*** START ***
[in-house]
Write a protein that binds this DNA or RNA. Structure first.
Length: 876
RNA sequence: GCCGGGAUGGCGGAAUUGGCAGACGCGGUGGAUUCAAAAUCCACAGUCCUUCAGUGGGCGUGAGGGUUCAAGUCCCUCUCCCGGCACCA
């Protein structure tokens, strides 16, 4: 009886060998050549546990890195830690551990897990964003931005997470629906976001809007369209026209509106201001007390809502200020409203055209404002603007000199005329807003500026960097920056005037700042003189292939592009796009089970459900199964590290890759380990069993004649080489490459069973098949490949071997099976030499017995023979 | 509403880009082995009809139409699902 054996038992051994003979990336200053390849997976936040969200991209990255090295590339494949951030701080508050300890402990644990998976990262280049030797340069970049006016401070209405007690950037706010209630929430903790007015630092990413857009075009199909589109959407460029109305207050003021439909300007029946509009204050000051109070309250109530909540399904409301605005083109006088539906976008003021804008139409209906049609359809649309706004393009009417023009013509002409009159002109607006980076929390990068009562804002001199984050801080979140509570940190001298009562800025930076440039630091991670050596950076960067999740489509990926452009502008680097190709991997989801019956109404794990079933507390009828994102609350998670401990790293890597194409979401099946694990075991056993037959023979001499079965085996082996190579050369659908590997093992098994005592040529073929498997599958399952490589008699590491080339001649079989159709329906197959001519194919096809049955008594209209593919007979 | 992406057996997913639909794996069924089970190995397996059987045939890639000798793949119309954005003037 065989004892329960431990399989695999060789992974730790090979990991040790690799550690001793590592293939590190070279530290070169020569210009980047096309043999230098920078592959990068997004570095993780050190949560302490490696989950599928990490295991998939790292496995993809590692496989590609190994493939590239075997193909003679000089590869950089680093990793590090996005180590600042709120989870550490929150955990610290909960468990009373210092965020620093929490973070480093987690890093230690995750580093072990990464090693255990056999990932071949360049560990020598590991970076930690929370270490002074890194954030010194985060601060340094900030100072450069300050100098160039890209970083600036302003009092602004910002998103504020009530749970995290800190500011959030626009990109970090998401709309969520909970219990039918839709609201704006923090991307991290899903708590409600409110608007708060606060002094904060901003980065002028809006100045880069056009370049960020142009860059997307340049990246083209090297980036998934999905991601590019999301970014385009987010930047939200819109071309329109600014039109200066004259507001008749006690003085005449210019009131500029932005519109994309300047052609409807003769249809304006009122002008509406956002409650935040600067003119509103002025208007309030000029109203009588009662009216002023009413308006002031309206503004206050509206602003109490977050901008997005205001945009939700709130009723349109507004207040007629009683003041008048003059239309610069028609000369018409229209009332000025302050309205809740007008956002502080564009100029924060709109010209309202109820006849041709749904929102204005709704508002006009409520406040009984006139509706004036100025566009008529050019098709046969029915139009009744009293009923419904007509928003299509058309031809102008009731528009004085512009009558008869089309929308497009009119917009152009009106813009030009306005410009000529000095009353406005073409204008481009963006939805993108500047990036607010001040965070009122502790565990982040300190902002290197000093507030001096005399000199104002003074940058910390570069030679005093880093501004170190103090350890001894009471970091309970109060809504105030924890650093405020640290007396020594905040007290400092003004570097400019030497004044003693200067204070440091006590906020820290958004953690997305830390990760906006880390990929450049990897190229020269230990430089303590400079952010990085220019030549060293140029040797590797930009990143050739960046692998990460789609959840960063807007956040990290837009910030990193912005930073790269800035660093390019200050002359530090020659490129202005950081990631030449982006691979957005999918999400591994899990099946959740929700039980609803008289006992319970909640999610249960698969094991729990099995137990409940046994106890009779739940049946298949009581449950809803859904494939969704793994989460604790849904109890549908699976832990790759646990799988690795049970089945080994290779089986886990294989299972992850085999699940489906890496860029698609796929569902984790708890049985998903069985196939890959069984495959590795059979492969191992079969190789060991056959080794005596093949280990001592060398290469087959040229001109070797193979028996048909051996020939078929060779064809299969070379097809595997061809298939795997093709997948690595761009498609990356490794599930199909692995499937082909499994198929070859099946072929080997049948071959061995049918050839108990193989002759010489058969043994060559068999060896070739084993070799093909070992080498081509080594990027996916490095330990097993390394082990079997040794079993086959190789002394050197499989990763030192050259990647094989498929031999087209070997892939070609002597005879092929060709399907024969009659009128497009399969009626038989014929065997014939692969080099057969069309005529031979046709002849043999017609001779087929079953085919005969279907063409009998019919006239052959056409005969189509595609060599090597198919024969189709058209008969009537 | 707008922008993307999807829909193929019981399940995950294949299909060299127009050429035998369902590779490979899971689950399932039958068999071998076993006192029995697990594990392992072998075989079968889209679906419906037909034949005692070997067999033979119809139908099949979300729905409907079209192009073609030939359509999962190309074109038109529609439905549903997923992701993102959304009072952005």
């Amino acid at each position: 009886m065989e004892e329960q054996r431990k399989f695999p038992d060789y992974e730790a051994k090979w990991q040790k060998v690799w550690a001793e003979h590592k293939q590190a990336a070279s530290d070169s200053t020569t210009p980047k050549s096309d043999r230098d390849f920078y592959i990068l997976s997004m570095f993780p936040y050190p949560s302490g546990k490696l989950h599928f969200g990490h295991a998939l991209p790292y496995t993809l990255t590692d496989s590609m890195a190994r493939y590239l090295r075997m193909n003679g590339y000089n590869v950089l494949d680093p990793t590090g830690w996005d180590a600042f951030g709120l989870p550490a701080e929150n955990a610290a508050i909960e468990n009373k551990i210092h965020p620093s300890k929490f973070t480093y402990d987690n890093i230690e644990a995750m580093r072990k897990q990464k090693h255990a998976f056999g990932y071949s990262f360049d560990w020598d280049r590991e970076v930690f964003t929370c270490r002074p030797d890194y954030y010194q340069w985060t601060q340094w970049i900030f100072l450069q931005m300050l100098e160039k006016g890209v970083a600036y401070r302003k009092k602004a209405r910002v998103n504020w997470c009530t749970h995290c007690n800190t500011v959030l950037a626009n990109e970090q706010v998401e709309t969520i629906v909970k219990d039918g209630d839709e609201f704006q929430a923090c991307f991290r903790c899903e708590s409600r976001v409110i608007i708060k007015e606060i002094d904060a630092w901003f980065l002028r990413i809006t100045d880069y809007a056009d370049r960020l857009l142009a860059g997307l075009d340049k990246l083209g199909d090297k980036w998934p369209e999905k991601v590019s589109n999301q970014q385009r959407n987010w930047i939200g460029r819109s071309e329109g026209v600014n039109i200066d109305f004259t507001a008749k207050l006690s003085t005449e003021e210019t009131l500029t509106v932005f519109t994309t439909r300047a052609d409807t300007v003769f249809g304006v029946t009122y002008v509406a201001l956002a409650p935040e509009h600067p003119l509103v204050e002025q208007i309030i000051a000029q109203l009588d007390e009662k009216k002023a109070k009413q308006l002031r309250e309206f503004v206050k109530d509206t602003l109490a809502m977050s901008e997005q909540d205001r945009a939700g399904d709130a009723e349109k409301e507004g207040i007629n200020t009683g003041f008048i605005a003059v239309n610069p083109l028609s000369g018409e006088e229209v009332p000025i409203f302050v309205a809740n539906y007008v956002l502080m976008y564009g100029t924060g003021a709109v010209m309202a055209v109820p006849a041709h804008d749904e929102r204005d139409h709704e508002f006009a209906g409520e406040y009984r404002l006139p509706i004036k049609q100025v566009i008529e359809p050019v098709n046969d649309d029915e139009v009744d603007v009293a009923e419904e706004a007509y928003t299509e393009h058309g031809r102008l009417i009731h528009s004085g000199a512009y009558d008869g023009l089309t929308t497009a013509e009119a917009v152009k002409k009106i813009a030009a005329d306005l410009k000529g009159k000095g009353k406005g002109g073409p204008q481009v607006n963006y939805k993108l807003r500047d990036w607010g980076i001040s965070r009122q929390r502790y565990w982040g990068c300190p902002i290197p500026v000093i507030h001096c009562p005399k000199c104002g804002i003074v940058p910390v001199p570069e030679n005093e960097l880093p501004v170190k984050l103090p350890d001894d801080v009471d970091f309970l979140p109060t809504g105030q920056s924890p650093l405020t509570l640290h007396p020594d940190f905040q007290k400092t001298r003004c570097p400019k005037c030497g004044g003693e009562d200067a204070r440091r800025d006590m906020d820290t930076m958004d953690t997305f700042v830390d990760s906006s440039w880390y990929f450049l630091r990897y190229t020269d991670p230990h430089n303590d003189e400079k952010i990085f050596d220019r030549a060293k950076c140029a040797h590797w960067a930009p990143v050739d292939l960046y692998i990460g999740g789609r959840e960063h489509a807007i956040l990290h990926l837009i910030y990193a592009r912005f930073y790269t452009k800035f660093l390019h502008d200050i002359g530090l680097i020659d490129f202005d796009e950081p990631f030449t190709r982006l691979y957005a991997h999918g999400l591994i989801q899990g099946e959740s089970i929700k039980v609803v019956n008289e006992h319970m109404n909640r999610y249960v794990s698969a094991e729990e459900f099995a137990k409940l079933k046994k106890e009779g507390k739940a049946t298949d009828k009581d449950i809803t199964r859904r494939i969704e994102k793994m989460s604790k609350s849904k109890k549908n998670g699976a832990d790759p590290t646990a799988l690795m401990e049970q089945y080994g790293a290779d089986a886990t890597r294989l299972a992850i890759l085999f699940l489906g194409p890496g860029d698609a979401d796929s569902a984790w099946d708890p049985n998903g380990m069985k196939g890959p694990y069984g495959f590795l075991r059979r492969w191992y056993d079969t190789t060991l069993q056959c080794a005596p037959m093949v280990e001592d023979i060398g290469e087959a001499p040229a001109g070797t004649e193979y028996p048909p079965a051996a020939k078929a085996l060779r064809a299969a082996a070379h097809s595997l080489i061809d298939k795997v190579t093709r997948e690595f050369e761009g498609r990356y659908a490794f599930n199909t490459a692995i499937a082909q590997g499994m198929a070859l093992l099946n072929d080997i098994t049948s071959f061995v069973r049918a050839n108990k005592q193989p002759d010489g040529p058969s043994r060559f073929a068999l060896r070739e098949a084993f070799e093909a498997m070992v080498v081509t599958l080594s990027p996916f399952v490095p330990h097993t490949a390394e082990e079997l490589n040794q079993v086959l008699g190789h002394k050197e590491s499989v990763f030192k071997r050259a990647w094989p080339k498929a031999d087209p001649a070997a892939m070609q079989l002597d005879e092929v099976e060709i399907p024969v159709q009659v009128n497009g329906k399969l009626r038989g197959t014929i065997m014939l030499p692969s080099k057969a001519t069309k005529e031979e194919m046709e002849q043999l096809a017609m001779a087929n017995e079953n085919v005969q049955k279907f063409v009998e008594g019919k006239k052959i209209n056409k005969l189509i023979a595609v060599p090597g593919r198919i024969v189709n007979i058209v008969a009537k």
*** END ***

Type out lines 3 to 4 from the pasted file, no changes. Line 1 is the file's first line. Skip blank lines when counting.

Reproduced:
Length: 876
RNA sequence: GCCGGGAUGGCGGAAUUGGCAGACGCGGUGGAUUCAAAAUCCACAGUCCUUCAGUGGGCGUGAGGGUUCAAGUCCCUCUCCCGGCACCA